Looking beyond the $300b risk of capital outflow prediction

by Andreas Roell


By now, most of us have likely become aware of JP Morgan’s prediction that approximately $300b of capital in equity markets are at the risk of outflow. As a quick reminder, this forecast is based on the traditional 60/40 approach of mutual funds, which are in need to rebalance sometime during the course of the end of the year, as a result of the growth of the stock markets.


While this forecast captured headlines, I felt that it is important to absorb this analysis in a way that considers various perspectives. Having led an algorithmic-focused asset management firm for over four years now, I have learned that human traders have a emotional bias related to their analysis of the market. It is obviously something that algorithmic teams like AlphaTrAI pride ourselves to be independent of.


So when thinking about the emotional impact of this story, it will likely cause some extreme reactions in terms of shifting out of, going short on equities, or simply sitting out via cash allocations. As a fundamental reminder, stock markets pride themselves on having priced the future in real time. This would mean that we should be sitting comfortable as human intelligence and emotional triggers should soften this capital outflow before it even happens. Couple that with mutual funds equity estimated share to be about 19% (source: $7t from Business Insider divided by stock market value found here).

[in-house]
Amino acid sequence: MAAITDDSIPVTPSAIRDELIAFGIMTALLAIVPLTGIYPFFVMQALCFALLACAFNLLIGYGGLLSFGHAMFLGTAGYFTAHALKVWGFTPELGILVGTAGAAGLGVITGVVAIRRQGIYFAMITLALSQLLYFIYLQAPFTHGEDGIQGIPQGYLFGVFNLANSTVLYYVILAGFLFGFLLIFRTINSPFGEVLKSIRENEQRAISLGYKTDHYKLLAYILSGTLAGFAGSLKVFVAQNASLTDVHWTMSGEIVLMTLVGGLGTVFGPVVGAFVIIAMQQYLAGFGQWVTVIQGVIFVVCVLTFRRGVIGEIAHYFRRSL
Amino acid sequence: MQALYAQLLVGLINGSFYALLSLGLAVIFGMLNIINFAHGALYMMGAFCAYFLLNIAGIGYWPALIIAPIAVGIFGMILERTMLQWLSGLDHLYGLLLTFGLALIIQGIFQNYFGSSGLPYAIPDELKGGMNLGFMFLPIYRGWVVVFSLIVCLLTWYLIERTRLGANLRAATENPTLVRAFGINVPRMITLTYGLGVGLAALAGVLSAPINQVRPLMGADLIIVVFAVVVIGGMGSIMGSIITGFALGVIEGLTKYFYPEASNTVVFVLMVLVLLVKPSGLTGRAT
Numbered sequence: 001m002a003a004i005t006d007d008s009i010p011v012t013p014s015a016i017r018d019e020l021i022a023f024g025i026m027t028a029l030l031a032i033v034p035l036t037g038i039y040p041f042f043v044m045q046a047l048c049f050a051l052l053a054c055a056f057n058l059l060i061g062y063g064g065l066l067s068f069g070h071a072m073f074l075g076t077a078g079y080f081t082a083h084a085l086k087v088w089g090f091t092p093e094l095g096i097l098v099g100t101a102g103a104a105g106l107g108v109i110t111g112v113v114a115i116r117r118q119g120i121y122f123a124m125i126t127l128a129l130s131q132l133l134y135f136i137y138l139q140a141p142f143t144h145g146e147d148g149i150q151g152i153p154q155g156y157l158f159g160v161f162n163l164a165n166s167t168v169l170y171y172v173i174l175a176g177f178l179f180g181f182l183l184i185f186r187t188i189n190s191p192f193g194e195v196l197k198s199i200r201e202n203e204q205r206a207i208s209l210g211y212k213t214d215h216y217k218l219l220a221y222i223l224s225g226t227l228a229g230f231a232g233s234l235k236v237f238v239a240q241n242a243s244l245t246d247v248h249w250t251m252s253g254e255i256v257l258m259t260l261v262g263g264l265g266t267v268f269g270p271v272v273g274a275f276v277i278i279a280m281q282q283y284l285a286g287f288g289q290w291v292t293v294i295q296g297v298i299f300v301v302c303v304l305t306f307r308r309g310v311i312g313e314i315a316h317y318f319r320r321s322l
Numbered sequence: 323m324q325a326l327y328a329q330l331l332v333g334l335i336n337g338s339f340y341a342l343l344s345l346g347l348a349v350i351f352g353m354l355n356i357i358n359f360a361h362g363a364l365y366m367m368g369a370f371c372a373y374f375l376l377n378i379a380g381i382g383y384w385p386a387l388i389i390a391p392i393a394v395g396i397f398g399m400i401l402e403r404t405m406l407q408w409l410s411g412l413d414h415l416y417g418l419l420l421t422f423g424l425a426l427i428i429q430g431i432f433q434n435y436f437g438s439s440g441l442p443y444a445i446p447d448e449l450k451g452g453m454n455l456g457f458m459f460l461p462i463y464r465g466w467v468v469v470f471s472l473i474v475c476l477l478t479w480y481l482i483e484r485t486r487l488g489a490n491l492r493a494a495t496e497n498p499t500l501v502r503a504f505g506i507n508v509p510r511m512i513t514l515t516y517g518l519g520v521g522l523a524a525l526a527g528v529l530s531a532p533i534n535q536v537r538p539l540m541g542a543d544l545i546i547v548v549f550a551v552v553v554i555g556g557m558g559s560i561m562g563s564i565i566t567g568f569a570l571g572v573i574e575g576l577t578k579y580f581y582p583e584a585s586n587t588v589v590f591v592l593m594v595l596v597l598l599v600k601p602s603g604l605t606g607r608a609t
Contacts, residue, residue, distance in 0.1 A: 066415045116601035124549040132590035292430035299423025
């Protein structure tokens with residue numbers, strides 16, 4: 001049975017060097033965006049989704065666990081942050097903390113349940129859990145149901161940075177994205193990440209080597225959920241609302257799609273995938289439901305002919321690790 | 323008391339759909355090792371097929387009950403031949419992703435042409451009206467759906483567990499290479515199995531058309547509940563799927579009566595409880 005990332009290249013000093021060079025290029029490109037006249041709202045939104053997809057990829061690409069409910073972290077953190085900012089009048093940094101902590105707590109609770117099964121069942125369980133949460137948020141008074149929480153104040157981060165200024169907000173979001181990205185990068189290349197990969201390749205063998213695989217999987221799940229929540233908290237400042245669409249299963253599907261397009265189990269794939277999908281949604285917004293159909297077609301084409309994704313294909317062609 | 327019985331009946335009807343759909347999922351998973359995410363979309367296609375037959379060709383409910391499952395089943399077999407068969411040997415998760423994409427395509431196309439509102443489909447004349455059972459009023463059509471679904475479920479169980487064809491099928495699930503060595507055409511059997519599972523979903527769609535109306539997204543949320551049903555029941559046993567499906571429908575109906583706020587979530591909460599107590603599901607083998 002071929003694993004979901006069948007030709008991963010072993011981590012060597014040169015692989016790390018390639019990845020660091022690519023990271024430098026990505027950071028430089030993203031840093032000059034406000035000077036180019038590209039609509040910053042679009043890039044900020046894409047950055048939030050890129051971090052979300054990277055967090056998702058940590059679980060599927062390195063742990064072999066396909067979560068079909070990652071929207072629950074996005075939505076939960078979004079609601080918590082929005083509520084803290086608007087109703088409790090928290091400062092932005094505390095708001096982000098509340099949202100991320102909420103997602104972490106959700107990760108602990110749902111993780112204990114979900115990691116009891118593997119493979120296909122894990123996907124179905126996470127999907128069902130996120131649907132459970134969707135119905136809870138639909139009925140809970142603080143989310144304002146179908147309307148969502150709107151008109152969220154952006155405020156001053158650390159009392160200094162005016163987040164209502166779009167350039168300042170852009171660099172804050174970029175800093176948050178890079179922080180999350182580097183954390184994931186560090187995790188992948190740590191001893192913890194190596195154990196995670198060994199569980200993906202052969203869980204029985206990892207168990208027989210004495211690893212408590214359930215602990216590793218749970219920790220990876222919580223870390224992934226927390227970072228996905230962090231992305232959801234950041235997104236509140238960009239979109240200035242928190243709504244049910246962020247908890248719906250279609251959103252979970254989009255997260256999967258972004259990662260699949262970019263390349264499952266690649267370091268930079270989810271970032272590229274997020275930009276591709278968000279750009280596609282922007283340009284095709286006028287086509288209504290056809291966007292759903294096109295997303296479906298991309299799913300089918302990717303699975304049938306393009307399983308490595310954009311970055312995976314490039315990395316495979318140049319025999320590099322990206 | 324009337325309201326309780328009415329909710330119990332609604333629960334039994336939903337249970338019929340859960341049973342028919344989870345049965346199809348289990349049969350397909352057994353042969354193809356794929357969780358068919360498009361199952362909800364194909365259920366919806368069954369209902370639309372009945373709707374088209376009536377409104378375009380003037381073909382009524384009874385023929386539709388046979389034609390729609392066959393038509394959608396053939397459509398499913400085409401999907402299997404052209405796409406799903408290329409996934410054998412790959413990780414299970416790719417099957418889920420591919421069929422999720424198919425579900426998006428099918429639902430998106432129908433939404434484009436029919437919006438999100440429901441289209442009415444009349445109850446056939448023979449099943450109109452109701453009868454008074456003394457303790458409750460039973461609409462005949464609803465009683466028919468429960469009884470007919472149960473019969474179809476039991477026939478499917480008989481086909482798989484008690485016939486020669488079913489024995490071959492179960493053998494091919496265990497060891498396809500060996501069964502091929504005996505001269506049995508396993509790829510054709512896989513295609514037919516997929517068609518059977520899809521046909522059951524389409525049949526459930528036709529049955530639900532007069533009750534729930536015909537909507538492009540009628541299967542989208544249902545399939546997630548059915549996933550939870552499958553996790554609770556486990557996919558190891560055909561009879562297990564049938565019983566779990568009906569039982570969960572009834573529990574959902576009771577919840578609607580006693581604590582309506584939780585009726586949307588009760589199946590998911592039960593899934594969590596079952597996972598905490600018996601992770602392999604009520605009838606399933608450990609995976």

Just to put this into perspective, on March 16, 2020 the Dow Jones approximately had its largest loss in market capitalization of $875b, representing a 13% drop. That is 190% higher than the $300b forecasted here.


Why do I even want to discuss this topic here? As mentioned earlier, we are still finding ourselves in a financial trading world dominated by humans. On top of that, the share of “hobby traders” aka Retail Traders now account for almost 25% of trades that is up from 10% in 2019.


With that, our financial markets are highly exposed to human limitations of decision making. I classify these as limited data processing and analysis capabilities. In my work, I have obviously been exposed to a machine’s ability to create a more holistic market perspective behind specific market events. This was completely missing for me when I read all of the news stories about JP Morgan’s forecast. Maybe it was our world’s need for a headline grabbing story, or maybe it was just our human limitations to holistically analyze a situation in terms of relational context. This made me want to help and share what I see how algorithms adapt when market rotations in general occur. They don’t treat a situation as an all-or-nothing decision. They evaluate and dynamically decide based on the magnitude of an event.  They classify the risk, and diversify into multiple solutions. It is this composure that I believe will help humans to generally cope with events like this.